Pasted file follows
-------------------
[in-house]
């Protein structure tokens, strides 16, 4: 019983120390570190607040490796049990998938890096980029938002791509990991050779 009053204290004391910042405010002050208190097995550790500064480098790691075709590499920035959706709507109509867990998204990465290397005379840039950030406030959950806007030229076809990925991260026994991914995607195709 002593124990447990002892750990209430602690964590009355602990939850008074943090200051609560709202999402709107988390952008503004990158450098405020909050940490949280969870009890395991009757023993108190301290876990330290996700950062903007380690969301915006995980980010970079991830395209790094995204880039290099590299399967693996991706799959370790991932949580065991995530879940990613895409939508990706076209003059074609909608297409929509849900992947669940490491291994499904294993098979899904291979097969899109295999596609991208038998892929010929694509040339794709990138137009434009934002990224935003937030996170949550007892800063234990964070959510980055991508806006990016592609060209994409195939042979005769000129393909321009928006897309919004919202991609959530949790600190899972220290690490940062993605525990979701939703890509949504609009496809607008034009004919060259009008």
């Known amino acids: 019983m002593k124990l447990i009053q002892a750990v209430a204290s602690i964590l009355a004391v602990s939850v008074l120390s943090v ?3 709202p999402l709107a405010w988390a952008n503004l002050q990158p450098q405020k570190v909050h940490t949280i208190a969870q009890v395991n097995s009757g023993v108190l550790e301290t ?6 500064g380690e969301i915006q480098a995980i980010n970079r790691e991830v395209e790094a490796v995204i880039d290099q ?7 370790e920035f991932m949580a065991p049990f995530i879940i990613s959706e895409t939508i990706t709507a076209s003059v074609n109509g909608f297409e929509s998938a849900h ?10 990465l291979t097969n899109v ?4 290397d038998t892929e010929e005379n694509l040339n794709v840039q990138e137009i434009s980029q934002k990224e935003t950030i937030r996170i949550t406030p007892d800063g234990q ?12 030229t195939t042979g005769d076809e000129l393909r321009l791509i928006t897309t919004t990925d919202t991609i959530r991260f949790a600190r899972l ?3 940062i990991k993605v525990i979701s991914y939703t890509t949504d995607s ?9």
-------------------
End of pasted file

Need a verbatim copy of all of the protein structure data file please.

[in-house]
């Protein structure tokens, strides 16, 4: 019983120390570190607040490796049990998938890096980029938002791509990991050779 009053204290004391910042405010002050208190097995550790500064480098790691075709590499920035959706709507109509867990998204990465290397005379840039950030406030959950806007030229076809990925991260026994991914995607195709 002593124990447990002892750990209430602690964590009355602990939850008074943090200051609560709202999402709107988390952008503004990158450098405020909050940490949280969870009890395991009757023993108190301290876990330290996700950062903007380690969301915006995980980010970079991830395209790094995204880039290099590299399967693996991706799959370790991932949580065991995530879940990613895409939508990706076209003059074609909608297409929509849900992947669940490491291994499904294993098979899904291979097969899109295999596609991208038998892929010929694509040339794709990138137009434009934002990224935003937030996170949550007892800063234990964070959510980055991508806006990016592609060209994409195939042979005769000129393909321009928006897309919004919202991609959530949790600190899972220290690490940062993605525990979701939703890509949504609009496809607008034009004919060259009008």
């Known amino acids: 019983m002593k124990l447990i009053q002892a750990v209430a204290s602690i964590l009355a004391v602990s939850v008074l120390s943090v ?3 709202p999402l709107a405010w988390a952008n503004l002050q990158p450098q405020k570190v909050h940490t949280i208190a969870q009890v395991n097995s009757g023993v108190l550790e301290t ?6 500064g380690e969301i915006q480098a995980i980010n970079r790691e991830v395209e790094a490796v995204i880039d290099q ?7 370790e920035f991932m949580a065991p049990f995530i879940i990613s959706e895409t939508i990706t709507a076209s003059v074609n109509g909608f297409e929509s998938a849900h ?10 990465l291979t097969n899109v ?4 290397d038998t892929e010929e005379n694509l040339n794709v840039q990138e137009i434009s980029q934002k990224e935003t950030i937030r996170i949550t406030p007892d800063g234990q ?12 030229t195939t042979g005769d076809e000129l393909r321009l791509i928006t897309t919004t990925d919202t991609i959530r991260f949790a600190r899972l ?3 940062i990991k993605v525990i979701s991914y939703t890509t949504d995607s ?9």